As a widely used engineering plastic, PA6 offered good ther- mal stability, chemical resistance and excellent mechanical properties. 18 And the conductive filler of hexagonal BN (h- BN) was a lamellar material with a graphite-like structure in which planar networks of BN hexagons were regularly stacked. 19,20 It has the highest thermal conductivity among ceramic materials and also an electronic insulator. In addition, bulky hexagonal BN can be exfoliated into mono- and/or few- layers of BNNSs in various solvents thus obtained high aspect ratio, 21-23 Therefore, BN-filled polymer composites, especially the lamellar BN, not only inherit the insulating properties of the polymer matrix but also impart polymer composites ther- mal conductivity in comparison to conventional fillers, such as, Al 2 O 3 , ZnO, AlN, and SiC. 24-26 Liu et al. 15 reported that the maximum value of thermal con- ductivity of carbon fiber/PA66 composites containing 40 wt% carbon fiber prepared by SM achieved 2.537 W·m -1 ·K -1 , which was superior to carbon fiber/PA66 composites pre- pared by EM at the same filler content. Hong et al. 27 demon- strated that aluminum nitride (AlN) and boron nitride (BN) were found to be the ideal heat dissipation materials for ther- mal packaging after he investigated the properties of AlN/BN epoxy composites. The aim of this paper was to investigate the preparation and thermally conductive, morphology and crystallization prop- erties of polyamide composites based on BN filler. Two meth- ods were used to prepare the PA6 composites which including melting method and solution method. The results will be dis- cussed and provided theoretical bases for the preparation of composites with excellent thermal conductivity.

Experimental

Materials. In this work, a commercial grade of PA6 (Model:

UBE-1013B, product of UBE, Tailand) was adopted with a melt flow rate (MFR) of 13.9 g/10 min (under 275 o C/0.325 kg) and a melting temperature of 222 o C. h-BN powder, size approximately 5 μm, purchased from Dandong Rijin Tech- nology Co. China, was used as the thermally conductive filler, whose density was 2.27 g/cm 3 and thermal conductivity 10-35 W·m -1 ·K -1 . Other chemical additives and solvents were obtained commercially and were used as received. Preparation of Composites. Prior to blending, both PA6 resin and h-BN filler were vacuum dried at 80 o C for 16 h and 80 o C for 8 h to remove residual moisture, respectively. Thermal conductive PA6 composites were prepared by the

following two methods:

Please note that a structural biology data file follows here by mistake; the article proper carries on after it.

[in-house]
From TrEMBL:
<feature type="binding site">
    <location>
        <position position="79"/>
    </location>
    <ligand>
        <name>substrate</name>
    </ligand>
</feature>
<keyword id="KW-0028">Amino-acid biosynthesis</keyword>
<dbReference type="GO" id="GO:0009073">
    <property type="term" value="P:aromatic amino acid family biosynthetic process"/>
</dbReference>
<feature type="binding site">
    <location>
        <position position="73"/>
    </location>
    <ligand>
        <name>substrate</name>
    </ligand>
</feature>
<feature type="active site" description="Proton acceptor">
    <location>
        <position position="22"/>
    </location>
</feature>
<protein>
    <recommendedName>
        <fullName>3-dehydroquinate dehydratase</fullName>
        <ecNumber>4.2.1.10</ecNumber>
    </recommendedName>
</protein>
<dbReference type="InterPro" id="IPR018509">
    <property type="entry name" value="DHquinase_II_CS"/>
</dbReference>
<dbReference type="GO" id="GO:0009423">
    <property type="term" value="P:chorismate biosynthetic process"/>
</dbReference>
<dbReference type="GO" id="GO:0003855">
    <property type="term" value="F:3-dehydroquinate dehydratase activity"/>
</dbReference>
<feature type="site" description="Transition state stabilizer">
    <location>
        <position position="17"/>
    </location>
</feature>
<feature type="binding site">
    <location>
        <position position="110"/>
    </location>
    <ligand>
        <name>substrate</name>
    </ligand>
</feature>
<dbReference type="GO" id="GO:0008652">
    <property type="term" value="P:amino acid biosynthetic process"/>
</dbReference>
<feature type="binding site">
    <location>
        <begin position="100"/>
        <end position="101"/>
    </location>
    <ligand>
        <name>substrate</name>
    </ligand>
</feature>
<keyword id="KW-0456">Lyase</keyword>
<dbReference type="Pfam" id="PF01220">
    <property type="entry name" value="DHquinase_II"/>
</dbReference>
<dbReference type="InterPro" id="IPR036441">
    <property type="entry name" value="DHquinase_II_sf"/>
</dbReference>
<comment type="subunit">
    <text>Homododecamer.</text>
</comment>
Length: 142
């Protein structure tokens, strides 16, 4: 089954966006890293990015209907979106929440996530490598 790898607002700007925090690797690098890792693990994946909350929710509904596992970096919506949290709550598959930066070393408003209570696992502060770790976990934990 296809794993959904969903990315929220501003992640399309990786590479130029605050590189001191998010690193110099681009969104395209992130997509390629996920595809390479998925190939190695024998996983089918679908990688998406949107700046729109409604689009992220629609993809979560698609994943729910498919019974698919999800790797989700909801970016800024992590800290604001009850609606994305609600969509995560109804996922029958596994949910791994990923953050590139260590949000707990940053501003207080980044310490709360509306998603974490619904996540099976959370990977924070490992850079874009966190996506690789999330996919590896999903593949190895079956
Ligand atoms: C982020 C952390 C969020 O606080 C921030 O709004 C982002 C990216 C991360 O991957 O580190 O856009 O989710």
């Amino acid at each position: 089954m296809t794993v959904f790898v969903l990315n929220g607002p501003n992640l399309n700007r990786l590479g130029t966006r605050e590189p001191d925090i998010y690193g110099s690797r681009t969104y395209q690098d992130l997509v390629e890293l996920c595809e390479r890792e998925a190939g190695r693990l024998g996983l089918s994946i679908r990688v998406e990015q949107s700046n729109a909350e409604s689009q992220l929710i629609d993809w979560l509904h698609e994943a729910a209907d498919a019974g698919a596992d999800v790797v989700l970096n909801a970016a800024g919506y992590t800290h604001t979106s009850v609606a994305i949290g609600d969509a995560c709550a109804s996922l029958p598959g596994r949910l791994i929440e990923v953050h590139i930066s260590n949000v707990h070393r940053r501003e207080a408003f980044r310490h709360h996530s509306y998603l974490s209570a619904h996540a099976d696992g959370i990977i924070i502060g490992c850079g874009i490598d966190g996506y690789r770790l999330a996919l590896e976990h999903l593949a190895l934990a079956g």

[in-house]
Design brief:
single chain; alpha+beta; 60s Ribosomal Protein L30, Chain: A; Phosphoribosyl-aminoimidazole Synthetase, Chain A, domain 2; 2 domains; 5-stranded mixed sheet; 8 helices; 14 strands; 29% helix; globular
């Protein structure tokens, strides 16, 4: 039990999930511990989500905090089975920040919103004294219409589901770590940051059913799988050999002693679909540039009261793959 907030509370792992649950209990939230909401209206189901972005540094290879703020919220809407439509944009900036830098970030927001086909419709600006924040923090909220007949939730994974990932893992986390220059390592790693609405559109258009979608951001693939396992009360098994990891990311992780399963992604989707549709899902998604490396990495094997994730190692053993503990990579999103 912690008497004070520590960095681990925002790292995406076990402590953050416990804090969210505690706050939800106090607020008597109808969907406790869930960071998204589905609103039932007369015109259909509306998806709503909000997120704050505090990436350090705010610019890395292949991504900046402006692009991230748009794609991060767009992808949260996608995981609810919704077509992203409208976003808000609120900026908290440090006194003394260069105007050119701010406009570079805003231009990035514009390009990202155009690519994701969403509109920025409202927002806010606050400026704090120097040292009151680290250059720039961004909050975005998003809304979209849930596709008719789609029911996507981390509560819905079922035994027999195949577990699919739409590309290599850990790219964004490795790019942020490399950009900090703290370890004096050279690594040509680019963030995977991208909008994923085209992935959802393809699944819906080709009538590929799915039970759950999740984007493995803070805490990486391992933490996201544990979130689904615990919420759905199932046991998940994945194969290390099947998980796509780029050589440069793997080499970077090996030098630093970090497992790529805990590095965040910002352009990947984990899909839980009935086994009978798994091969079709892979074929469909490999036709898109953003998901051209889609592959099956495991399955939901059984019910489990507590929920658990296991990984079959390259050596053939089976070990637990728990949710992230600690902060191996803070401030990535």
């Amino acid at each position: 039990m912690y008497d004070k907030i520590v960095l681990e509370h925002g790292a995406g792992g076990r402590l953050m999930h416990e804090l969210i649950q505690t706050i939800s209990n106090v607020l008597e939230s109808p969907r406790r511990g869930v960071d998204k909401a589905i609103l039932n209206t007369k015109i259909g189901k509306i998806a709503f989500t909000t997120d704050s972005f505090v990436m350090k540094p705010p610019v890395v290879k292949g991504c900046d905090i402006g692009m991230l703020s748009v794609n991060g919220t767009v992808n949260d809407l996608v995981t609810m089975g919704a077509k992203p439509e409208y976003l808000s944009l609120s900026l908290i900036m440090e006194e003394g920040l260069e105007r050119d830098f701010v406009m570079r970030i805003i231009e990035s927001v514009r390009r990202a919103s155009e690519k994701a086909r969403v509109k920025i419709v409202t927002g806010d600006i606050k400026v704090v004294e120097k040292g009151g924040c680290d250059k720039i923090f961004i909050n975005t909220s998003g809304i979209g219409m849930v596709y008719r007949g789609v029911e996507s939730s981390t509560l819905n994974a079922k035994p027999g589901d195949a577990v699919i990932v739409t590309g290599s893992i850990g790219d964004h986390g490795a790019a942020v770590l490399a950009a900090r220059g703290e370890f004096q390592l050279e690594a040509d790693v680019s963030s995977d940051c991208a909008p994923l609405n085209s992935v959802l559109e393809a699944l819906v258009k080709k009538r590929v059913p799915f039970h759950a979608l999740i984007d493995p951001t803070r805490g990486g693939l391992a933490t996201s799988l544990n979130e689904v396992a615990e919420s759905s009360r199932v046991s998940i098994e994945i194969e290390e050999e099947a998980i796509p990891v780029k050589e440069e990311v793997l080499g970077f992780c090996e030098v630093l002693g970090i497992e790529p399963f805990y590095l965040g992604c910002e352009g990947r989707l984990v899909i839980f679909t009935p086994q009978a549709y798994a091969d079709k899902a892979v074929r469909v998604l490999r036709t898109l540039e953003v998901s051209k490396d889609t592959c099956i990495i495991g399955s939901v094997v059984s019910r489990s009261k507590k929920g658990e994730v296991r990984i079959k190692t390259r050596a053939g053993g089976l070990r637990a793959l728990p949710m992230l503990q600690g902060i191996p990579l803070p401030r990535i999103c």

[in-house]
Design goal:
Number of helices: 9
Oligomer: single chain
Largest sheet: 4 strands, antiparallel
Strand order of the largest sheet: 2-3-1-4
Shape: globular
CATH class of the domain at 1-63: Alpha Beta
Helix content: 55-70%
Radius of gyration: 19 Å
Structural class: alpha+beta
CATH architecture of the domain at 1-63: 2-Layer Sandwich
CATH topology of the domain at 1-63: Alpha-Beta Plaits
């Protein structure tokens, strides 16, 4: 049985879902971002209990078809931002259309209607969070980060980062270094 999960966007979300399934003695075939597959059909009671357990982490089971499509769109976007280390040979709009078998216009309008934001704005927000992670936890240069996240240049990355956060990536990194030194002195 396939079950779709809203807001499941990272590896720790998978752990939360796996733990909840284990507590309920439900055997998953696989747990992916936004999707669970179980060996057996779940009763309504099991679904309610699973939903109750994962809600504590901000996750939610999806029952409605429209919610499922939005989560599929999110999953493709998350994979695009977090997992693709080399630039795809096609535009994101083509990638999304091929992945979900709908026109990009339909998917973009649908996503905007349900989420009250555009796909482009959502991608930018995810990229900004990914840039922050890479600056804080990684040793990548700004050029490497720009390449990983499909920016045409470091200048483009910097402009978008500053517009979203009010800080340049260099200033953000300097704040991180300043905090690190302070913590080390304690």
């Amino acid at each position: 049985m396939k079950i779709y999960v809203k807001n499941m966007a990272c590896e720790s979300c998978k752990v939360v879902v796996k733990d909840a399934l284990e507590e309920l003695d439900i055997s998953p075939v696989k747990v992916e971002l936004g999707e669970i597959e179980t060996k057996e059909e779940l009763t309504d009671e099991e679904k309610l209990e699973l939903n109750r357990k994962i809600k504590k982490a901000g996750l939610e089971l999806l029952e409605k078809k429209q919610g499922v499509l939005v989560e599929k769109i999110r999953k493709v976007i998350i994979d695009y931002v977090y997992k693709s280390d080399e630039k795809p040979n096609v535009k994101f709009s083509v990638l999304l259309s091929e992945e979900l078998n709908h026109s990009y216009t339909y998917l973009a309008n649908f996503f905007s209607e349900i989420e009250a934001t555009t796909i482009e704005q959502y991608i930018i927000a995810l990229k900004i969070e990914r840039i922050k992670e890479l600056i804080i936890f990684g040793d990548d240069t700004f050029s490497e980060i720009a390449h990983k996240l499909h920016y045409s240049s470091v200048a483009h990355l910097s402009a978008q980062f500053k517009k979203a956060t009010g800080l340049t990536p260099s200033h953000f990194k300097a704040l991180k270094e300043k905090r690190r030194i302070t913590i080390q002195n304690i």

(1) Melting Method (MM): The PA6 resin, thermal con- ductive filler of h-BN and some antioxidants were propor- tionally mixed in a high-speed blender for 5 min and then processed in Haake torque rheometer (Thermo Hakke, Polylab OS, Germany) to prepare samples. Irganox 1010 and 168 were added as antioxidants into the mixture with a loading of 0.5 wt%. The rotational speed of torque was 60 r/min, the pro- cessing temperature and time were 230 o C and 10 min, respec- tively. The samples were dried at 80 o C for 16 h to remove moisture. According to this method, the PA6/BN composites with various filler mass fractions were prepared. (2) Solution Method (SM): PA6 particles were completely solved in 88 wt% formic acid (HCOOH) water solution and stirred at 70 o C for 1 h. h-BN powders were dispersed in for- mic acid and ultrasonic for 5 h. Subsequently, the PA6 solution and h-BN solution were mixed together with 2 h of stirring. Then the mixture was condensed at 100 o C to remove the most part of solvent and poured into the glass mold, put the con- centrated liquid into the oven, dried at 80 o C for 24 h. The residual formic acid was cleaned by ethanol and the samples were dried at 80 o C for constant weight. Finally, the PA6/BN composites with various filler mass fractions were prepared. In order to differentiate and define each sample clearly, the following designation rules were applied. For each preparation method, BN added in by different mass ratio of the whole (PA6/BN) system. M10, M20, M30, M40 were used to indi- cate the composites prepared by melting method contained BN of 10, 20, 30, 40 wt%, respectively. S10, S20, S30, S40 were used to indicate the composites prepared by solution method contained BN of 10, 20, 30, 40 wt%, respectively. And the original sample was represented by neat PA6. Thermal Properties. The thermal conductivity of samples were carried out by a Transient Plane Source Method (TCi-3- A, Canada) in an air-conditioned room (25 o C). The samples were cured and prepared in cylindrical shape of 25 mm in diameter and 2.0 mm in thickness, depending on the actual thermal conductivity. All of the thermal measurements were performed three times and the averages were taken to calculate the thermal conductivity. Scanning Electron Microscope. The morphology of the composites was evaluated by a field-emission scanning elec- tron microscopy (SEM, S-4800, Hitachi, Tokyo, Japan). Sam- ples were cryogenically fractured in liquid nitrogen and all of the fractured surfaces were coated with gold to enhance the image resolution and to prevent electrostatic charging.